According to the UN Office for the Coordination of Humanitarian Affairs (OCHA), Israel uses 86 percent of the water extracted from the Mountain Aquifer, which is a trans-boundary resource that is supposed to be shared between both sides in an equitable and reasonable manner.
In a UN Security Council briefing on Wednesday, UN Special Coordinator for the Middle East Peace Process Nickolay Mladenov slammed the continued demolitions being carried out in the occupied West Bank, noting that the number of structures that have been demolished or confiscated in 2016 already exceeded the total for all of 2015.
“Although many of the structures that have been demolished are not dwellings,” said Mladenov, “the loss of water wells, solar panels, and animal shelters has impacted the livelihoods of over 2,500 people.”
Related video added by Juan Cole:
May 27, 2016 by Tanner Wooten
Filed under Uncategorized
Maize N Brew spoke with the Top250 OL from Fort Lauderdale about why Michigan made his top 6 and what his plans are to see Ann Arbor.
Kai-Leon Herbert, a four-star OL from American Heritage, spoke to Maize N Brew about his top 6 that he released today via Twitter, and let us know why the Wolverines are high on his list.
Top 6 Schools : Blessings & Opportunities pic.twitter.com/scypE9sFMs— Kai-Leon Herbert (@KHerb17) May 27, 2016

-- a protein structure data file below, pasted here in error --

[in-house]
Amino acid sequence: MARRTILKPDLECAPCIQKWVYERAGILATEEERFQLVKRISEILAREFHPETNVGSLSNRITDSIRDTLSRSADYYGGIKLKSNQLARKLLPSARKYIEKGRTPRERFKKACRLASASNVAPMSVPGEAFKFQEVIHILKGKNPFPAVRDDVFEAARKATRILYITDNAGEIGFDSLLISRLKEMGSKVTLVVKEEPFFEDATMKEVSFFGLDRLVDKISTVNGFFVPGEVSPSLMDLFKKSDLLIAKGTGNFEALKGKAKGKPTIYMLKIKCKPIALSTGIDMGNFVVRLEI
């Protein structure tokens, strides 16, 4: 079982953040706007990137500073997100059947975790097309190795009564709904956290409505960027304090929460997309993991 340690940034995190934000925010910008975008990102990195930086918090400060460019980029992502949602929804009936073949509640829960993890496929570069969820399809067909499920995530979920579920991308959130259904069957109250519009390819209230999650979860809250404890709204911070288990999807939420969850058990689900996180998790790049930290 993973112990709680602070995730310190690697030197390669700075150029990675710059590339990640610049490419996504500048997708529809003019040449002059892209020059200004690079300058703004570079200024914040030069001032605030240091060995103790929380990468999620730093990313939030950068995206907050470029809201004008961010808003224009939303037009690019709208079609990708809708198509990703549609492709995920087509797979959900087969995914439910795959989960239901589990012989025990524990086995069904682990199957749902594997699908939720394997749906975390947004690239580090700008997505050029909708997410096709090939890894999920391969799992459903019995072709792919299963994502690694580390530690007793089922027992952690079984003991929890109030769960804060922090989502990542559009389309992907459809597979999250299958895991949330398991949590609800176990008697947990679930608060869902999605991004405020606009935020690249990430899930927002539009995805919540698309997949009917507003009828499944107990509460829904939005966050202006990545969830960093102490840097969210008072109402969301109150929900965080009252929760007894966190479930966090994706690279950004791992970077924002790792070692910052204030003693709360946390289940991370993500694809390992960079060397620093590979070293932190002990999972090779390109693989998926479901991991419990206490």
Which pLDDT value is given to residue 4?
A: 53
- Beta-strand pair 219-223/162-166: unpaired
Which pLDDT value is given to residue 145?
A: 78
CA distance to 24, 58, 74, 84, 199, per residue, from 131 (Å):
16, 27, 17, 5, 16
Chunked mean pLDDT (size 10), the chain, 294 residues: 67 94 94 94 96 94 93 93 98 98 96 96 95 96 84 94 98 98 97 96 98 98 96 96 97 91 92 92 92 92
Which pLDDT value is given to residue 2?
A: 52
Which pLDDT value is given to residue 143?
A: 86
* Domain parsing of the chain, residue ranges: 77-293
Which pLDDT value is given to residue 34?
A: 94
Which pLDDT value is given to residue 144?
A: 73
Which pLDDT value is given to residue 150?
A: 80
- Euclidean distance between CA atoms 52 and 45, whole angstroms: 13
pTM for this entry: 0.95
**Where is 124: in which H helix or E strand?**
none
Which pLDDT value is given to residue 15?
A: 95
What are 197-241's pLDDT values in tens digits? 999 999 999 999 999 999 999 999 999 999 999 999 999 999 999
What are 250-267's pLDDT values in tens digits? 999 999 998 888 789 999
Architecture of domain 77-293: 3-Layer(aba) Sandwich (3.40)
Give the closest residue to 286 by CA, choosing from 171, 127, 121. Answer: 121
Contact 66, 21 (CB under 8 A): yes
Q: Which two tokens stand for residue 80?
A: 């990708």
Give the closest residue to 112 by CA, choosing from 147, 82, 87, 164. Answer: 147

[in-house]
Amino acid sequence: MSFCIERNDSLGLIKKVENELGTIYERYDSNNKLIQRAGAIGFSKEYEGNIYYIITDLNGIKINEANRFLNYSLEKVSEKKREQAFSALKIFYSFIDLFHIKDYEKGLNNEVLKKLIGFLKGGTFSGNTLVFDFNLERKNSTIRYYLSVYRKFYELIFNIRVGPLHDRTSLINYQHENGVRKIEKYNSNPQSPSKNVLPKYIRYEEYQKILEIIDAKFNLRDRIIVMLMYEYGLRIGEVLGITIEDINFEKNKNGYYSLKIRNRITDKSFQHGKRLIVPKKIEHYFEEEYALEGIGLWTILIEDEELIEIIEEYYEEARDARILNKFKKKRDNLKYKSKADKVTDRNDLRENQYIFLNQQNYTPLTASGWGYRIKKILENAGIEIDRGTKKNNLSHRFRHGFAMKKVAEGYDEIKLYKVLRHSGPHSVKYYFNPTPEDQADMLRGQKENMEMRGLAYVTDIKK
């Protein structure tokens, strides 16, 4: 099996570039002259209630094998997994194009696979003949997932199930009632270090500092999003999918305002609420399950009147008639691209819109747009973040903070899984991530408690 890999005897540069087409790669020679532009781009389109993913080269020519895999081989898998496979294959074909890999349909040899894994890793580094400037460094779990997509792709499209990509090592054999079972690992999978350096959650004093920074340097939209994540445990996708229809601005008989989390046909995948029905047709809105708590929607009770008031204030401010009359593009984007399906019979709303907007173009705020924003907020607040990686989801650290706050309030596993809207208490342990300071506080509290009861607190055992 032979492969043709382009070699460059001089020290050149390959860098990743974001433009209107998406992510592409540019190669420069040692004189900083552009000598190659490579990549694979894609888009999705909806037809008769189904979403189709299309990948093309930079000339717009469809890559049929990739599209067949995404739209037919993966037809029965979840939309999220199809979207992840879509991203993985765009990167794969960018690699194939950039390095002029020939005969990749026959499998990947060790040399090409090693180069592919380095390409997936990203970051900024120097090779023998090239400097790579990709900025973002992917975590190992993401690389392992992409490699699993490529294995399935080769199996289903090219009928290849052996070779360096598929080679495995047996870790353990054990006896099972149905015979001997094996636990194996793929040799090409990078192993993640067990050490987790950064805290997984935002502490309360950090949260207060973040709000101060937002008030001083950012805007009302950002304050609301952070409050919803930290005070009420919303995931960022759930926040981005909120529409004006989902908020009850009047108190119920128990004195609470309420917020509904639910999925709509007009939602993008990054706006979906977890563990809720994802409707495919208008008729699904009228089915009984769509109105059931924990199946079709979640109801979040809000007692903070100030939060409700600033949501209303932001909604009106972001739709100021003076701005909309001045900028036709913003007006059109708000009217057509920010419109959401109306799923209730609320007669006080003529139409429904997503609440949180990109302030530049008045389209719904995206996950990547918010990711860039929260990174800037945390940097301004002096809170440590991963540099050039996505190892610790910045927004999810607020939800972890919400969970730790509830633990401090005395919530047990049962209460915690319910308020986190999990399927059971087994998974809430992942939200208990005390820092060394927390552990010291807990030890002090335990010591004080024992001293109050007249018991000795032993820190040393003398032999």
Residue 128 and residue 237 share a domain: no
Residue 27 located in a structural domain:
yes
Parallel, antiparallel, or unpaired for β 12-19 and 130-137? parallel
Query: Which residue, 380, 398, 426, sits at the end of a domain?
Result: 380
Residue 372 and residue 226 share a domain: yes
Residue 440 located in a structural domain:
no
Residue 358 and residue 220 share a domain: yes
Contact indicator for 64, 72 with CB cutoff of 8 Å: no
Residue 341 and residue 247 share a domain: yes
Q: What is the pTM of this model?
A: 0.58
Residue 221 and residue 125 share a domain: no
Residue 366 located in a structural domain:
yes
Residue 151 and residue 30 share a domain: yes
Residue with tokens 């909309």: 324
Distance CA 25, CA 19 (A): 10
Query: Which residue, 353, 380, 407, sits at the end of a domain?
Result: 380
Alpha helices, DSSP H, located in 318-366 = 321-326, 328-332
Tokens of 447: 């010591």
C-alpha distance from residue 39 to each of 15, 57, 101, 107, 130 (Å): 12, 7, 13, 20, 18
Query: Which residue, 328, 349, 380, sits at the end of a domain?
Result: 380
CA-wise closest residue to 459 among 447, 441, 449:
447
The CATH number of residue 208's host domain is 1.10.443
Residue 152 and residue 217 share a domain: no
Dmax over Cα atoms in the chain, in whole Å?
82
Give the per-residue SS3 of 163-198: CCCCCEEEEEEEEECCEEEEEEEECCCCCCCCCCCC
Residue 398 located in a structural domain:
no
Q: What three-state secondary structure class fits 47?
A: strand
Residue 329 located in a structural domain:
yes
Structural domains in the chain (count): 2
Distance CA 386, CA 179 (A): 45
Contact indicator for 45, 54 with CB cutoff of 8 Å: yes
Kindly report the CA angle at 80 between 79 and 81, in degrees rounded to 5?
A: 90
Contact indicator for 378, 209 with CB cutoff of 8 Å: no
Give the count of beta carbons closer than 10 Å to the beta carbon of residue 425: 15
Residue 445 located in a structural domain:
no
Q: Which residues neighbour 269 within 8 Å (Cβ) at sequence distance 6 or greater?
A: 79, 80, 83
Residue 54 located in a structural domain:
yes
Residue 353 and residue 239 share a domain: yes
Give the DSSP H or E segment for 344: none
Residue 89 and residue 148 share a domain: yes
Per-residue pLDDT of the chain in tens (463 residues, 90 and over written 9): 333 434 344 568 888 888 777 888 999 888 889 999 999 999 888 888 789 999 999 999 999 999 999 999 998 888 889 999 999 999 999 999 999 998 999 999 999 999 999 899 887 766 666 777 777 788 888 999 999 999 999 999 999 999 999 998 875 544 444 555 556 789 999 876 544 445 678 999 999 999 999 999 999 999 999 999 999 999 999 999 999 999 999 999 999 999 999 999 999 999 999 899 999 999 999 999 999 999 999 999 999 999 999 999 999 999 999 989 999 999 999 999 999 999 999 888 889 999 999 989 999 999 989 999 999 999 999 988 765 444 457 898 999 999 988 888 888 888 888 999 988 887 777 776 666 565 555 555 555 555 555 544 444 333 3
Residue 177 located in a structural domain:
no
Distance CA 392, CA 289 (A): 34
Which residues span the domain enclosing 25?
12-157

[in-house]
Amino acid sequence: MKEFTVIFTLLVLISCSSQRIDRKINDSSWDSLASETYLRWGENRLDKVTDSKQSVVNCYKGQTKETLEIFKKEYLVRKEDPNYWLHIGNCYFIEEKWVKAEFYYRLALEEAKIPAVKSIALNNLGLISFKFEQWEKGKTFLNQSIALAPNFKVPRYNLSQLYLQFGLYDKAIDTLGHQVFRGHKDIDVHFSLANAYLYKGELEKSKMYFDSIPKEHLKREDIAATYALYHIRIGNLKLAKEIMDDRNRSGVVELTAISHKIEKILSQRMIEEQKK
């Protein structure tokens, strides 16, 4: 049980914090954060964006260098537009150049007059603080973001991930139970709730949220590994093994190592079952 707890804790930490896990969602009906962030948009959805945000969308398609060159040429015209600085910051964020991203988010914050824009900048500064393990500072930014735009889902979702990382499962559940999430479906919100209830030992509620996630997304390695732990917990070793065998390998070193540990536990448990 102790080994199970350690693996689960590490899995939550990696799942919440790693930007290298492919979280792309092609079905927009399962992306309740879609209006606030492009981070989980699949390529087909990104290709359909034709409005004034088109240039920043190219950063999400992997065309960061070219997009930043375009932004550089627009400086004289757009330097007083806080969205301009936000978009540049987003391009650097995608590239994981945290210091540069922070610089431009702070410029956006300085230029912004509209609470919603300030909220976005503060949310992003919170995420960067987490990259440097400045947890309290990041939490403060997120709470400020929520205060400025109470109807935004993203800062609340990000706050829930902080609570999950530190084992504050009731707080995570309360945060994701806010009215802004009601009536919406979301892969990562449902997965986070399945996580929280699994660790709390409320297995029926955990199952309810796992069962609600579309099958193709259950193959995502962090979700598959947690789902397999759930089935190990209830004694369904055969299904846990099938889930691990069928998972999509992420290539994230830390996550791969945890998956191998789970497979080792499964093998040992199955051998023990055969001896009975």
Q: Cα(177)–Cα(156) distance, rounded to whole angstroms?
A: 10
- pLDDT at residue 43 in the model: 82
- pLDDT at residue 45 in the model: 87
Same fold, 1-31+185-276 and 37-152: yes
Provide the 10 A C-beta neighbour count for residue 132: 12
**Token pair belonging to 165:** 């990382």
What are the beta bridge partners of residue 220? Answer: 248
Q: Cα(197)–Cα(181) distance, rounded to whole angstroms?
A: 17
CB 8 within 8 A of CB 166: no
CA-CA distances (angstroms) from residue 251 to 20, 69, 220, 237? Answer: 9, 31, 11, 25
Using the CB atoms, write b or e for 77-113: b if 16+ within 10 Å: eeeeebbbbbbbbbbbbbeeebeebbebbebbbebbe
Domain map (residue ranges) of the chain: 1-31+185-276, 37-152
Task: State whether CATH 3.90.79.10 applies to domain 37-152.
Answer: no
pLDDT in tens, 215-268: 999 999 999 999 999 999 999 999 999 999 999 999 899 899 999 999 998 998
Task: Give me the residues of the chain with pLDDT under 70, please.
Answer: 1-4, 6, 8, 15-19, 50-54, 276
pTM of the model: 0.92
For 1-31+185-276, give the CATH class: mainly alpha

When asked why Michigan was at the top of his list, Herbert said communication was a big reason. "I'm starting to feel wanted by the coaches and they have a lot to offer."
"Coach Drevno stressed the need for O-line. They are making me feel like a priority."
The 6-foot-4 tackle has offers from Florida, Miami, Tennessee, Auburn, and Mississippi State, among others.
American Heritage, where Herbert attends high school, was home to 2016 Michigan signee Nick Eubanks, and the familiarity between the two "helps a lot."
"Having someone I've played with and someone I'm comfortable with is a great thing."
Herbert says he speaks to four or five coaches regularly, and that's another factor making a big difference.
"They show me what my life after football can be." Herbert said. "I am just starting to feel really comfortable and good with Michigan."
Herbert said he plans close in on one school in his recruitment soon, saying, "I am planning for a summer time commitment, but of course I have to feel 110% ready."
He mentioned he plans to visit during June 17th and 18th, and says he will "definitely visit officially."
May 27, 2016 by Lara Galloway
Filed under Uncategorized
Have you ever felt like though you are succeeding in business, you are not doing so well as a mother? This can be a very common issue for mompreneurs, and you are not alone.
As a business owner, you have probably set goals, timelines, and measurable metrics for where you want your business to go in the future. But, unfortunately, many of us don’t often do the same for motherhood.
Women who find success with how their businesses are going oftentimes realize after accomplishing their business dreams that they don’t feel successful with their families. There are so many pieces and dynamics at play when you are both a mother and a business owner. One of the biggest is that it is very easy to get caught up (and carried away) in business. Your business, clients and schedule have needs and demands that are right in front of you demanding your attention. You are always quoting a potential client, building a new sales funnel or keeping your many appointments each day. Your business has its own ways of keeping you accountable—we just don’t have those metrics to keep us accountable in motherhood.